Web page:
“What have you done with these women – they have changed!”

Stephen Hall -

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Dave Mills, a senior researcher at WorldFish, was describing the outcomes of a project on governance reform with small-scale fishers in Ghana. This project had empowered women in the community by working to build confidence, capacity, and vision among women to engage in decision-making and by helping challenge underlying and oppressive attitudes towards them. Dave recounted how, at a project review meeting, the village chief proudly exclaimed “What have you done with these women – they have changed!” He was delighted they were now active in decision-making and that he now knew what women needed and wanted in his community. This is just one of the many examples of how focussing on gender relations can have a positive impact on peoples’ lives. And they deserve celebration, especially on the International Day of Rural Women. Yet, despite the myriad success stories, the lives of rural women farmers and fishers remain hard.

  • Inheritance laws and biased land reforms continue to deny women access to resources.
  • School enrolment rates for girls in rural areas are significantly lower than girls or boys in urban areas.
  • Women and girls are 50% more likely than men and boys to be chronically hungry, yet spend 20% more time working.

This situation, which persists in so many parts of the world, clearly speaks to deep-rooted problems. To address them, it’s becoming increasing clear that our current approaches are inadequate. Simply focusing on ways to improve women’s access to the things they need is insufficient. We must work to shift the cultural norms and beliefs that thwart a woman’s ability to learn, work, and successfully control her own life. In particular, that means focusing on what men think and do and working with them to shift their mindsets and attitudes. I’m convinced that gender transformative approaches are the key to deeper change. Attitudes and beliefs determine what actions society takes, whether it is a policy maker drafting gender-biased legislation, a husband keeping his daughter at home, or of a community that only allows men on its governance council. We can only achieve systemic change by working to shift those attitudes, and showing how much better life can be for everyone when we do. Countries that have achieved substantial development progress have focused on developing small-holder agriculture to provide the foundation for subsequent stages of economic development. With 1.3 billion small-holder farmers and landless workers in the world, all of whom can help make development happen, we cannot ignore 559 million of them. Combining investments to improve access by women farmers and fisheries to resources, knowledge and services with gender transformative programs that work to shift social norms and beliefs are essential investments for both governments and development agencies. We must continue our work until, like the village chief in Ghana, leaders of every developing nation can celebrate their success in empowering women and the benefits that will surely follow.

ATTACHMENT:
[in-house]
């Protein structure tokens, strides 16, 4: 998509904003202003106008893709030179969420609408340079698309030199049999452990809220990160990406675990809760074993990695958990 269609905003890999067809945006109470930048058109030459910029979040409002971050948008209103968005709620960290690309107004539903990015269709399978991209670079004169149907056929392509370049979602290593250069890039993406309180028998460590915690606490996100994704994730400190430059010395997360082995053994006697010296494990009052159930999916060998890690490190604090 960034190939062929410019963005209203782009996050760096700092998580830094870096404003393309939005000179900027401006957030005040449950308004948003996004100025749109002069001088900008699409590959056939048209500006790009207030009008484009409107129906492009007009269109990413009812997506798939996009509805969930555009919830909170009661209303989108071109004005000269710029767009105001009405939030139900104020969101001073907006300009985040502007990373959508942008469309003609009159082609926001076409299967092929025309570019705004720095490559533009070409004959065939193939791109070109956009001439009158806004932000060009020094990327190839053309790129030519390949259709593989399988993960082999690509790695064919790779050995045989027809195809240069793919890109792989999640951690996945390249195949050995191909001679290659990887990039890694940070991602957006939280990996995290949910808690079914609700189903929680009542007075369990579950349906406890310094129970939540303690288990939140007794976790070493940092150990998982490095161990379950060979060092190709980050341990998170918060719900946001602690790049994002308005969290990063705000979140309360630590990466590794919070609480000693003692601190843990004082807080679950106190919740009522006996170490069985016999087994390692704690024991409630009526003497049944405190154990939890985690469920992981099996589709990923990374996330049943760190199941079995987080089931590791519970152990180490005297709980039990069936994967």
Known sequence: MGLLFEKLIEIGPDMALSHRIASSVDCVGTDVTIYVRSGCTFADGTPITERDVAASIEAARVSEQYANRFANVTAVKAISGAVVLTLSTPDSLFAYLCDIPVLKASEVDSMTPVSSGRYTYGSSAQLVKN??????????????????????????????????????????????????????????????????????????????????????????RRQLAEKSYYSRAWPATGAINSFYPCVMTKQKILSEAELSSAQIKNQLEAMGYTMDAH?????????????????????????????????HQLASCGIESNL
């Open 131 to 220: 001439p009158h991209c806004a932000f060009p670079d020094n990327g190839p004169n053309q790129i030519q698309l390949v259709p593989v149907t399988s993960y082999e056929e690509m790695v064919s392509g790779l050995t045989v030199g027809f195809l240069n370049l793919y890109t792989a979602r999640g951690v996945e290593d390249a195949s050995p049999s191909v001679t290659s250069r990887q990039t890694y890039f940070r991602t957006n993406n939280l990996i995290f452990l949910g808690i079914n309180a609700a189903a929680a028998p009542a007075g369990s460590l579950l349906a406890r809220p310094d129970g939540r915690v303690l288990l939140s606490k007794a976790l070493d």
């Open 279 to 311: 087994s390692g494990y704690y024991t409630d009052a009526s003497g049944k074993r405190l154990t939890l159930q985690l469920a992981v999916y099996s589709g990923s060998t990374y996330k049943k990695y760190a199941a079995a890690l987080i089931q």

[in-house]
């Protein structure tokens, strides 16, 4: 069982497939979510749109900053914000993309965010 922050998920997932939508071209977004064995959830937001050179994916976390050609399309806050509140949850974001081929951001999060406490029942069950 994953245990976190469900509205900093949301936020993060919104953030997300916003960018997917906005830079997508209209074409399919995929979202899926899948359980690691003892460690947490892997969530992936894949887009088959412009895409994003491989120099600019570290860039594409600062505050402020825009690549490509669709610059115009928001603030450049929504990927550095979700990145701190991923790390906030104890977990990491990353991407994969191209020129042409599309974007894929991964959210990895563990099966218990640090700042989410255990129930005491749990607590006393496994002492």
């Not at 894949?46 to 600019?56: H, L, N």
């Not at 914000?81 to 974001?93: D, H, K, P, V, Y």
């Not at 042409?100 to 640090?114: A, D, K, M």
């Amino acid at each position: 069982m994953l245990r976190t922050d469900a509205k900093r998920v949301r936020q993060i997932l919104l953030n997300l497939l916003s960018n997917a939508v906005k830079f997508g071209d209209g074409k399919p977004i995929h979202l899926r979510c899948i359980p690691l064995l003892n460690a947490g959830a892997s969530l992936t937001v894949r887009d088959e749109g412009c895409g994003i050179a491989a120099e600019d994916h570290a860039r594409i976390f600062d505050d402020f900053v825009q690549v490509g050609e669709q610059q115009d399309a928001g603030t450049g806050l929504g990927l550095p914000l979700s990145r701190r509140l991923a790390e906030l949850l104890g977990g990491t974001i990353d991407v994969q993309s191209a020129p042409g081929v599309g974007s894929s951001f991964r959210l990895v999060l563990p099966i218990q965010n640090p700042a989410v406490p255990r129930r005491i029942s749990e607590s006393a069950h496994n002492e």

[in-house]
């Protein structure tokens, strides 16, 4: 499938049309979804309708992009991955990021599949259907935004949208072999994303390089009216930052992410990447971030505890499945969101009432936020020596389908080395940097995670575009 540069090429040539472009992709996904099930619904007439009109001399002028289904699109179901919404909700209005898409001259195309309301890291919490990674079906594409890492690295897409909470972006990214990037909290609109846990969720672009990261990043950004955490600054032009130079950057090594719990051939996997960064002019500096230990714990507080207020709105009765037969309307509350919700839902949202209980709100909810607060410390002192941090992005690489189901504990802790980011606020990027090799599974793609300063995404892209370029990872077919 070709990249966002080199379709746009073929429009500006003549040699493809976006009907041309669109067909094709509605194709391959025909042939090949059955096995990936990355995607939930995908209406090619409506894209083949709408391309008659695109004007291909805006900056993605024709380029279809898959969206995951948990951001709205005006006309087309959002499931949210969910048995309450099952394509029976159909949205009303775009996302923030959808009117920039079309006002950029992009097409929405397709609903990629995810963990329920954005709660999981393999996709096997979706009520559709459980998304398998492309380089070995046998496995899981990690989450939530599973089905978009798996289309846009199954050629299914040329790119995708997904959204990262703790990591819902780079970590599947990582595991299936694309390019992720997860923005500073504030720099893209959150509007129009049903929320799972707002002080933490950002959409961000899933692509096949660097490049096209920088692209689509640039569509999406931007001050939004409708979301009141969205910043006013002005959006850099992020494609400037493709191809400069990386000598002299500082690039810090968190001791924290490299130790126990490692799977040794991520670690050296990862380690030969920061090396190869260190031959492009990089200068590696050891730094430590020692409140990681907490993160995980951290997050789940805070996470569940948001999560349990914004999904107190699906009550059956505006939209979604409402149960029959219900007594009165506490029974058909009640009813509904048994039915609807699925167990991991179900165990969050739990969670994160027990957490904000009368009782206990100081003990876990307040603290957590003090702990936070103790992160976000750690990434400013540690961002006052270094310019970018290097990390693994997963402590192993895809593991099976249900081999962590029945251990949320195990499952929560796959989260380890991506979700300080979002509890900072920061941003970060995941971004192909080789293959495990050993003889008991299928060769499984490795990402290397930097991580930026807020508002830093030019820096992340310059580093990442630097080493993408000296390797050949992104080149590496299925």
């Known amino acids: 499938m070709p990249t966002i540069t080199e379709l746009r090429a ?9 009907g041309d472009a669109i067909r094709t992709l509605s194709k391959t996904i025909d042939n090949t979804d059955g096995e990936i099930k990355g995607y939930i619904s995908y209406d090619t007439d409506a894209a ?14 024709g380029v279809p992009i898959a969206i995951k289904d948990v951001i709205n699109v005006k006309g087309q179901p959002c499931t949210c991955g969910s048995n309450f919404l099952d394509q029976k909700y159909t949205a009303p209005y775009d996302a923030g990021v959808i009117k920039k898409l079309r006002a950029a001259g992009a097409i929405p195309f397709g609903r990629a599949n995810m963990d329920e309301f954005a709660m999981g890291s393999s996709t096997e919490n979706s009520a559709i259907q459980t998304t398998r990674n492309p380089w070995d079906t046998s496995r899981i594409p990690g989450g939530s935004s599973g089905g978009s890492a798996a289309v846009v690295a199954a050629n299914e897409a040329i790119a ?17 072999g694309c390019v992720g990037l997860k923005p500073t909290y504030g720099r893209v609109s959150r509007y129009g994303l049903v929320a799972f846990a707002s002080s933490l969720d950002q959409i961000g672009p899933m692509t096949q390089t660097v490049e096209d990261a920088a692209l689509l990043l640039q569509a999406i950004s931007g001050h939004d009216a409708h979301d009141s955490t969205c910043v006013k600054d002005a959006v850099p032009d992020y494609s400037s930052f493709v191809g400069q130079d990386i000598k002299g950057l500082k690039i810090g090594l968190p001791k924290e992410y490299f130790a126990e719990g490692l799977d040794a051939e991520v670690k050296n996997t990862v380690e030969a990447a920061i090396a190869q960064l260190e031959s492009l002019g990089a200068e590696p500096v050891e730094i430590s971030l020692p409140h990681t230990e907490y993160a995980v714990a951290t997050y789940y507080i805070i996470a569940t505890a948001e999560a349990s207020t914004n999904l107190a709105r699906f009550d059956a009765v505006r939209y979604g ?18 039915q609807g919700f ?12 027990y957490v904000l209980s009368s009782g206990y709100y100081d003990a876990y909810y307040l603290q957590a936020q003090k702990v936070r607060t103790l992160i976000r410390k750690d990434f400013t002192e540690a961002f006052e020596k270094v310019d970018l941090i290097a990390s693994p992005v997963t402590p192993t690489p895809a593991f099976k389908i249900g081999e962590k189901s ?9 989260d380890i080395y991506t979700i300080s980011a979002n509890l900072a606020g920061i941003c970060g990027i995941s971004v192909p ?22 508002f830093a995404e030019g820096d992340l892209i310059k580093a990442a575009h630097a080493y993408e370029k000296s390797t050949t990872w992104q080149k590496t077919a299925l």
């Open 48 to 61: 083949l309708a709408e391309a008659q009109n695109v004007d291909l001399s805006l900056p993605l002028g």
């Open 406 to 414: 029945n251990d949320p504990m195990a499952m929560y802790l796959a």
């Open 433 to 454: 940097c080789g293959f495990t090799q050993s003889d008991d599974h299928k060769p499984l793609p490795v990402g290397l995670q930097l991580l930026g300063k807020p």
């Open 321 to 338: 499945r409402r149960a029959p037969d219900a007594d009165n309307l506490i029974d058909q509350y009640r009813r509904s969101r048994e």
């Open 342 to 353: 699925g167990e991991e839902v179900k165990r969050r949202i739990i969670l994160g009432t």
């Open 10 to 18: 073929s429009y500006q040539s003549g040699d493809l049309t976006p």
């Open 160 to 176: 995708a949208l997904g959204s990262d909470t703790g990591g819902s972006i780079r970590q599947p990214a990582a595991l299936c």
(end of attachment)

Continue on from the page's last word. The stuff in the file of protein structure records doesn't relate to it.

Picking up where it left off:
Author
Stephen Hall

Stephen Hall

Stephen Hall's previous leadership roles include CEO of the Australian Institute of Marine Science (AIMS) and Professor of Marine Biology at Flinders University, Australia. Stephen has served on several international advisory panels and, in 2010, was a member of a global team overseeing the reform of the Consultative Group for International Agricultural Research (CGIAR). Recognized as a leading scientist in his field, he has contributed more than 80 scientific publications on fisheries ecology and environmental issues as well as a highly cited book on the environmental effects of fishing. In 2004, Stephen was awarded a Pew Fellowship in Marine Conservation and he continues to investigate and write on the roles and potential of fisheries and aquaculture for supporting international development objectives. In 2005, he was awarded the Australian Public Service Medal for leadership of AIMS. Stephen holds a Ph.D. in Marine Ecology from St. Andrews University and a B.S. in Marine Biology and Biochemistry from University of Wales, Bangor.

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